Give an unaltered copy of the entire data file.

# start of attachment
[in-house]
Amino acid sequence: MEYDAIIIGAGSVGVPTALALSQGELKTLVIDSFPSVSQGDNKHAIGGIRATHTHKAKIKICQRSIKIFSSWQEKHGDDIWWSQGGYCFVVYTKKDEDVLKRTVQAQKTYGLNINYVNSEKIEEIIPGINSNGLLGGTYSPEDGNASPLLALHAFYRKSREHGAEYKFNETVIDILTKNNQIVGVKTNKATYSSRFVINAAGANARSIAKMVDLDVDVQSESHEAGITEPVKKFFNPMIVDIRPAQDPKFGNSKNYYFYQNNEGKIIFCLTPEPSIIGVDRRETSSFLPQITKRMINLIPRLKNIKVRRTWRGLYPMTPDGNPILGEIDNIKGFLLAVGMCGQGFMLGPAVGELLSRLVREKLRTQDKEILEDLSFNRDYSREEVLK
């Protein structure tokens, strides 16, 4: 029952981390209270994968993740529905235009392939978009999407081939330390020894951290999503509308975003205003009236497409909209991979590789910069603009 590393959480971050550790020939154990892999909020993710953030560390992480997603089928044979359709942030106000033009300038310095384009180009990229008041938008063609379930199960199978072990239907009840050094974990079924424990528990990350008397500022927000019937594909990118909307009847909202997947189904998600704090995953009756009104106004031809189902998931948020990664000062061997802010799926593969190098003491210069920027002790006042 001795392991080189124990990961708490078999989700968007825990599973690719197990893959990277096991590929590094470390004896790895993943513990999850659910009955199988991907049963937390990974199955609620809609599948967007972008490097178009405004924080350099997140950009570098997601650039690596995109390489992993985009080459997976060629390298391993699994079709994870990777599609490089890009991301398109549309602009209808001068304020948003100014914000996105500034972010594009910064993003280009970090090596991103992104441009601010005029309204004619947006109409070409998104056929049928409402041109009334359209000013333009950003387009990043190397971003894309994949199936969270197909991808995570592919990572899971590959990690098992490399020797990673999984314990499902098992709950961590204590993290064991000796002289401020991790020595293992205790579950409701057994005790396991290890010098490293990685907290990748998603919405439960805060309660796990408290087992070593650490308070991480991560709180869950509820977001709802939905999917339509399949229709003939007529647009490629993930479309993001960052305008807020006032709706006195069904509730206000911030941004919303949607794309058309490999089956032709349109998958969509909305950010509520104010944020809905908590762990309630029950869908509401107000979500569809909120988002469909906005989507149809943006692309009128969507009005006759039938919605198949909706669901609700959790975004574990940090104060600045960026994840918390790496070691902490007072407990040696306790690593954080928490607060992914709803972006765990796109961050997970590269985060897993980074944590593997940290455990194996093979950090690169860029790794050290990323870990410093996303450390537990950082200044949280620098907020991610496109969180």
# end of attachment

[in-house]
Amino acid sequence: MEYDAIIIGAGSVGVPTALALSQGELKTLVIDSFPSVSQGDNKHAIGGIRATHTHKAKIKICQRSIKIFSSWQEKHGDDIWWSQGGYCFVVYTKKDEDVLKRTVQAQKTYGLNINYVNSEKIEEIIPGINSNGLLGGTYSPEDGNASPLLALHAFYRKSREHGAEYKFNETVIDILTKNNQIVGVKTNKATYSSRFVINAAGANARSIAKMVDLDVDVQSESHEAGITEPVKKFFNPMIVDIRPAQDPKFGNSKNYYFYQNNEGKIIFCLTPEPSIIGVDRRETSSFLPQITKRMINLIPRLKNIKVRRTWRGLYPMTPDGNPILGEIDNIKGFLLAVGMCGQGFMLGPAVGELLSRLVREKLRTQDKEILEDLSFNRDYSREEVLK
């Protein structure tokens, strides 16, 4: 029952981390209270994968993740529905235009392939978009999407081939330390020894951290999503509308975003205003009236497409909209991979590789910069603009 590393959480971050550790020939154990892999909020993710953030560390992480997603089928044979359709942030106000033009300038310095384009180009990229008041938008063609379930199960199978072990239907009840050094974990079924424990528990990350008397500022927000019937594909990118909307009847909202997947189904998600704090995953009756009104106004031809189902998931948020990664000062061997802010799926593969190098003491210069920027002790006042 001795392991080189124990990961708490078999989700968007825990599973690719197990893959990277096991590929590094470390004896790895993943513990999850659910009955199988991907049963937390990974199955609620809609599948967007972008490097178009405004924080350099997140950009570098997601650039690596995109390489992993985009080459997976060629390298391993699994079709994870990777599609490089890009991301398109549309602009209808001068304020948003100014914000996105500034972010594009910064993003280009970090090596991103992104441009601010005029309204004619947006109409070409998104056929049928409402041109009334359209000013333009950003387009990043190397971003894309994949199936969270197909991808995570592919990572899971590959990690098992490399020797990673999984314990499902098992709950961590204590993290064991000796002289401020991790020595293992205790579950409701057994005790396991290890010098490293990685907290990748998603919405439960805060309660796990408290087992070593650490308070991480991560709180869950509820977001709802939905999917339509399949229709003939007529647009490629993930479309993001960052305008807020006032709706006195069904509730206000911030941004919303949607794309058309490999089956032709349109998958969509909305950010509520104010944020809905908590762990309630029950869908509401107000979500569809909120988002469909906005989507149809943006692309009128969507009005006759039938919605198949909706669901609700959790975004574990940090104060600045960026994840918390790496070691902490007072407990040696306790690593954080928490607060992914709803972006765990796109961050997970590269985060897993980074944590593997940290455990194996093979950090690169860029790794050290990323870990410093996303450390537990950082200044949280620098907020991610496109969180």